Sharing and Shaping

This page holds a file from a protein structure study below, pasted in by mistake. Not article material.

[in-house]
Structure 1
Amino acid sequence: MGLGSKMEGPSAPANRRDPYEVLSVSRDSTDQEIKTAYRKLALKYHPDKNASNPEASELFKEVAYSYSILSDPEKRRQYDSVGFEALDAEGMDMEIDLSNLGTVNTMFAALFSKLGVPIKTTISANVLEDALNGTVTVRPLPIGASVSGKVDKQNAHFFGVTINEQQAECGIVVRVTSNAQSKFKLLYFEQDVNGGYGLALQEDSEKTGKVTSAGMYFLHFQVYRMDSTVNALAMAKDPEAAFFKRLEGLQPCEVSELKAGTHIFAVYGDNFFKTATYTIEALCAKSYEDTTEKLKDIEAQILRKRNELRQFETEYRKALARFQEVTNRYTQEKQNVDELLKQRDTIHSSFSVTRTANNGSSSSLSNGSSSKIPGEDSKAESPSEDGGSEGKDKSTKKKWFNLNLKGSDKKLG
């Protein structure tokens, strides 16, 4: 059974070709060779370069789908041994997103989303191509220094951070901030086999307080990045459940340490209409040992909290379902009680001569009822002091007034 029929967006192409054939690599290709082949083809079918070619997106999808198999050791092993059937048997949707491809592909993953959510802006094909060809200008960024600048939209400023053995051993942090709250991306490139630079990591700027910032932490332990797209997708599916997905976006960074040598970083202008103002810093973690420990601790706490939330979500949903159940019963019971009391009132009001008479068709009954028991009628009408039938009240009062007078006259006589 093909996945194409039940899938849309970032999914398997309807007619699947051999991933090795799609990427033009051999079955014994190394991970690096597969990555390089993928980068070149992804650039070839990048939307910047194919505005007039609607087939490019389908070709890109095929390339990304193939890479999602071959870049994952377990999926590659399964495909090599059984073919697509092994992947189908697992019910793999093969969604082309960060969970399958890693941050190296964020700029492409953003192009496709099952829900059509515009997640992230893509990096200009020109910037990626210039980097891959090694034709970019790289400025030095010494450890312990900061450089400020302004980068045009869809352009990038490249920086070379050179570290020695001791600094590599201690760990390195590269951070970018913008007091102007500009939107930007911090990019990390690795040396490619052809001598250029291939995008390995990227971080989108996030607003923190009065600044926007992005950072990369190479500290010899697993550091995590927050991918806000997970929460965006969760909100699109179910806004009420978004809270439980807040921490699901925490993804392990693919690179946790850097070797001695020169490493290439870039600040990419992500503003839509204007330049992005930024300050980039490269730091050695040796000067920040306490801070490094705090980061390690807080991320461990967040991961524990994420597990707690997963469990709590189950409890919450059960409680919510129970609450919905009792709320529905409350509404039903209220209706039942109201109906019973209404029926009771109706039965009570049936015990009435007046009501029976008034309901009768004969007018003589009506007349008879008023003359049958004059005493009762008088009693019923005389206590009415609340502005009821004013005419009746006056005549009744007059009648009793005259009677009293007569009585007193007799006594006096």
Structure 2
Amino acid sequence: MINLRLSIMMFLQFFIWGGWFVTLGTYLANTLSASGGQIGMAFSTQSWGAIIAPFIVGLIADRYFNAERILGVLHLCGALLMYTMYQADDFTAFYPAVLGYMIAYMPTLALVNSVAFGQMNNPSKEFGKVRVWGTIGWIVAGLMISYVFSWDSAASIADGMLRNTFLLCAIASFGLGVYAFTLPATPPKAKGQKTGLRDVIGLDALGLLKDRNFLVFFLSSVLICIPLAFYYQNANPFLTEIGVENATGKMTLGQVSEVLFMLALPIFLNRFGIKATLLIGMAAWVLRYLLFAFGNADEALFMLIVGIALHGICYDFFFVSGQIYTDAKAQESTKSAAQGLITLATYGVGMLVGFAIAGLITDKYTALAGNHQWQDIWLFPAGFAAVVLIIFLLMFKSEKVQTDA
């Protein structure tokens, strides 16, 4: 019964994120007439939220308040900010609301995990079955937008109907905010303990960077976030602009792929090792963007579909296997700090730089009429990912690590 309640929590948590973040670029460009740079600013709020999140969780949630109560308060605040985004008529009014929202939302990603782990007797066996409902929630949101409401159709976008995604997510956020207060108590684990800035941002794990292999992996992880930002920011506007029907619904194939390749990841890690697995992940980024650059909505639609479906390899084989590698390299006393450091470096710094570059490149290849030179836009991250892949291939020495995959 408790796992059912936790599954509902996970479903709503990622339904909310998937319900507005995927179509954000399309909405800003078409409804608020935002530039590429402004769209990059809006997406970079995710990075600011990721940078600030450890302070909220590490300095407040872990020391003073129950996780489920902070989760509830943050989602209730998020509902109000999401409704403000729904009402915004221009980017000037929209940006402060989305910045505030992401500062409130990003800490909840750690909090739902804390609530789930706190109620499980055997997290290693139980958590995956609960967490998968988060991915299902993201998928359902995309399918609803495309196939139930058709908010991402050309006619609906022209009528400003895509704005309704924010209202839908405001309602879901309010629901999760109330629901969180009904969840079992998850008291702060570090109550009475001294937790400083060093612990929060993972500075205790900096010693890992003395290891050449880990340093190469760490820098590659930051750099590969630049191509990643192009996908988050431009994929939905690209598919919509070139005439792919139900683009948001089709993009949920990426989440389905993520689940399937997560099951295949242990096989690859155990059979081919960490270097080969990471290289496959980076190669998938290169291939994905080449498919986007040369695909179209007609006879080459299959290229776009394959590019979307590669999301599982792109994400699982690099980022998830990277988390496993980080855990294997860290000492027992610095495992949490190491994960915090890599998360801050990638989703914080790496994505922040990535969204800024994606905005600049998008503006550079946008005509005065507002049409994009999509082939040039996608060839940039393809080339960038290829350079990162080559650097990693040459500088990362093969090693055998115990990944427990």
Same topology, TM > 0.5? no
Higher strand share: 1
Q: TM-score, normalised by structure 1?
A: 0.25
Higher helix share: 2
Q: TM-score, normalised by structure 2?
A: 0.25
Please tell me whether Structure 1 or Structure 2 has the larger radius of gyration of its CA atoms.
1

New technology firms such as Uber and Airbnb have recently spurred the advent of the sharing economy (SE). Faced with institutionally diverse environments, SE firms apply various market and non-market strategies through which they actively legitimize their products/services. In-depth qualitative analyses of several regulative, normative, and cognitive institutions in the Netherlands, the UK, and Egypt reveal that similar institutional strategies have different effects in different country contexts. In countries with lower degrees of institutionalization, SE firms can address grand societal challenges and leverage the power they gain to shape government regulations and public perception to their advantage. In countries with higher degrees of institutionalization, firms with disruptive and transformative strategies (e.g., Uber) can provide rapid but short-term gains, whereas firms with more relational and additive strategies (e.g., Airbnb) may allow for more sustainable legitimacy gains. Furthermore, the extent to which acting locally and addressing the needs of the community leads to legitimation largely depends on whether the national government leaves the regulation of a new service or product to local authorities or takes an active role in establishing standards nation-wide. These findings pave the way for a future contingency theory of country institutional environments and firm institutional strategies.